When I left my job in February to focus on trying for a baby, I was full of hope. This was going to be the year I’d get pregnant. Instead, I’m in limbo, the possibility of becoming a mother 538prom精品视频在线播放seeming further and further away.
My husband Matthew and I have always wanted a family. We’ve been together for 11 years, but because we’d been teaching abroad, we waited until we moved back to the UK to start trying. In 2017, when we were settled in North Yorkshire and both in our mid-30s, I came off the Pill, but after six months nothing was happening.
538prom精品视频在线播放My GP told me to ‘enjoy’ trying to conceive and that everything was fine. But by January 2019 we were worried so had our first IVF consultation. The consultant said my FSH [follicle-stimulating hormone] results were ‘concerning’, as were the results of my AMH [anti-Müllerian hormone] test, which confirmed that I didn’t have many eggs left. It was the first time we were told there was a problem. I cried all the way home.
We started IVF last May, but my body didn’t create enough follicles [ovarian sacs that release eggs for fertilisation] to proceed to the egg-collection phase, so we cancelled the cycle and began again in October. It was a difficult time. The doctors upped my medication and the combination of the hormones and the desire for it to be a success made me anxious. Teaching had been my life, but suddenly it felt like it was getting in the way.
Four eggs were collected, and grew into two embryos. But by the time I was due to have them transferred into my uterus, the embryologist called with awful news: they had stopped growing. I couldn’t speak, I just started crying. Matthew and I spent the rest of the day in tears – that was our one free NHS cycle.
We looked for a private clinic we could afford, opting for Serum IVF in Athens, which suggested we do two lightly stimulated cycles. The cost, including flights and hotel, came to £6,000, compared to £8,000 back home for just one cycle. On 2 March, we flew to Athens. At the clinic, the doctors spotted a huge polyp in my uterus, so after my egg collection, I had it removed. I later found out that they’d only collected one egg but ‘it was a good one’.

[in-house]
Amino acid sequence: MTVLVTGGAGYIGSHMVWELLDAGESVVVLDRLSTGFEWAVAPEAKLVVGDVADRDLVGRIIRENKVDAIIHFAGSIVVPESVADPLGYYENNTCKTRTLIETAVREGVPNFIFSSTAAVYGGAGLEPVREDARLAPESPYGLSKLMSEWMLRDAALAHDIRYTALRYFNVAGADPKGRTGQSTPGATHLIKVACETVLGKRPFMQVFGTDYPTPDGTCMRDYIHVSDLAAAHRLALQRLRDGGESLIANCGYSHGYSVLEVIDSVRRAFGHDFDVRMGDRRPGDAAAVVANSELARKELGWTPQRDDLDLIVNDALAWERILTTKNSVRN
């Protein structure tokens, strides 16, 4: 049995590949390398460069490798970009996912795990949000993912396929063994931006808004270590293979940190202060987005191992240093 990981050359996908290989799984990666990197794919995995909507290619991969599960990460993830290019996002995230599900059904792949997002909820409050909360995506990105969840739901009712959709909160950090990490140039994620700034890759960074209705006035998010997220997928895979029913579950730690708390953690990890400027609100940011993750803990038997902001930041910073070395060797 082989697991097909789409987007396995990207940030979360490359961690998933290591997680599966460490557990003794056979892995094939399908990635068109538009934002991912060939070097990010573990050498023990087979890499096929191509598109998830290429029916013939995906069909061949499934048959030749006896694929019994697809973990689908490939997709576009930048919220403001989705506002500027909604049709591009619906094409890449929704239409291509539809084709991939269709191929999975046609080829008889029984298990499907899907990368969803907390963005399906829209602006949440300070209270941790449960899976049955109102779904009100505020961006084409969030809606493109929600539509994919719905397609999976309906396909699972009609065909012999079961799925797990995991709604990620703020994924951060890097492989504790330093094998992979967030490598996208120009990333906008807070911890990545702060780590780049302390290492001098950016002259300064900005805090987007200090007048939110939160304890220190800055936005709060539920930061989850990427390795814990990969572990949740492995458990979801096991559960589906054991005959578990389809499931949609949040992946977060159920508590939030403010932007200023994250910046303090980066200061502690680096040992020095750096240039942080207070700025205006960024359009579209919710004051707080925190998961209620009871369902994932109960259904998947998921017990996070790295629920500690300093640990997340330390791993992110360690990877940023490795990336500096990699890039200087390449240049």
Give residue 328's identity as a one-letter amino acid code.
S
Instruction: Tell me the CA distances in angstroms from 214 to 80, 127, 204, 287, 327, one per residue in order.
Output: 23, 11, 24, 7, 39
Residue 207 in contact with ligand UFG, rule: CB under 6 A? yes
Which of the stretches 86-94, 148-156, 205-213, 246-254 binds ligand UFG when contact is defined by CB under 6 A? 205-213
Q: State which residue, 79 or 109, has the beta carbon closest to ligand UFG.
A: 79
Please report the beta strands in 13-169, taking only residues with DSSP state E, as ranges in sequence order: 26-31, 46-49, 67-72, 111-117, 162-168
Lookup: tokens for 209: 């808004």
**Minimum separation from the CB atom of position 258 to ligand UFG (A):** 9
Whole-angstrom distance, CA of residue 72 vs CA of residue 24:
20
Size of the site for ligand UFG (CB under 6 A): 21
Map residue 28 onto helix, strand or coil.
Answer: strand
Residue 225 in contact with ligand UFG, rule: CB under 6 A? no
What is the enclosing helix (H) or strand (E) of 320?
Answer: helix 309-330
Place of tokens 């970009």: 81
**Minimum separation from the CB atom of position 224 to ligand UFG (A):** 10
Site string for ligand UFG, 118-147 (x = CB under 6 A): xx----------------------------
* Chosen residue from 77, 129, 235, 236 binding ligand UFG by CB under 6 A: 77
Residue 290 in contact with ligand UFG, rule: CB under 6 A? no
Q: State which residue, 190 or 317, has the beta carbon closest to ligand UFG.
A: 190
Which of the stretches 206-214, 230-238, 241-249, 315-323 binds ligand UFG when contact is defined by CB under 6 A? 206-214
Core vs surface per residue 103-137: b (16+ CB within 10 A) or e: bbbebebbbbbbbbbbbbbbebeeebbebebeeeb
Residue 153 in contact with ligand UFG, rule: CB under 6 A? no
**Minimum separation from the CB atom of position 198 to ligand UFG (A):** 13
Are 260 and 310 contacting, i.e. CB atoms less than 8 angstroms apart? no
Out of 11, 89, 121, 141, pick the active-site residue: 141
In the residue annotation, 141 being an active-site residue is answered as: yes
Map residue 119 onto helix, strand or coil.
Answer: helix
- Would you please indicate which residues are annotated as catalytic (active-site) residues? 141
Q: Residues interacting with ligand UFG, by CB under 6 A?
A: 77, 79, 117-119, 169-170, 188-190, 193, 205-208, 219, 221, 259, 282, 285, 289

After we returned home, we found out that our embryo had developed into a blastocyst, a more advanced embryo ‘of very good quality’. It was frozen for use at a later date. I felt calm and positive, and despite coronavirus emerging in Europe, we still thought we’d be able to return for our second cycle.
538prom精品视频在线播放But a few days later the clinic told us it was following strict new guidelines not to proceed with any transfers until further notice. I was in total despair. After two and a half years of trying and getting so close, it had all been taken away. It felt so cruel.
538prom精品视频在线播放In another blow, British IVF clinics can now apply to reopen, but we don’t know when we can return to Greece, or if we’ll be able to afford it as – ironically – I left my job to focus on IVF, and Matthew has been furloughed. I feel so disappointed and devastated by the cards we’ve been dealt.
I’ve started blogging (at ), which is very therapeutic. Instagram is helping too, as there is the most wonderful community of women going through the same thing as me. But the not knowing is the worst. My only comfort is thinking that if ultimately we can’t conceive, after exhausting all avenues, we’ll look into an IVF cycle with donor eggs. I just want the chance to be a mum.
As told to Luisa Metcalfe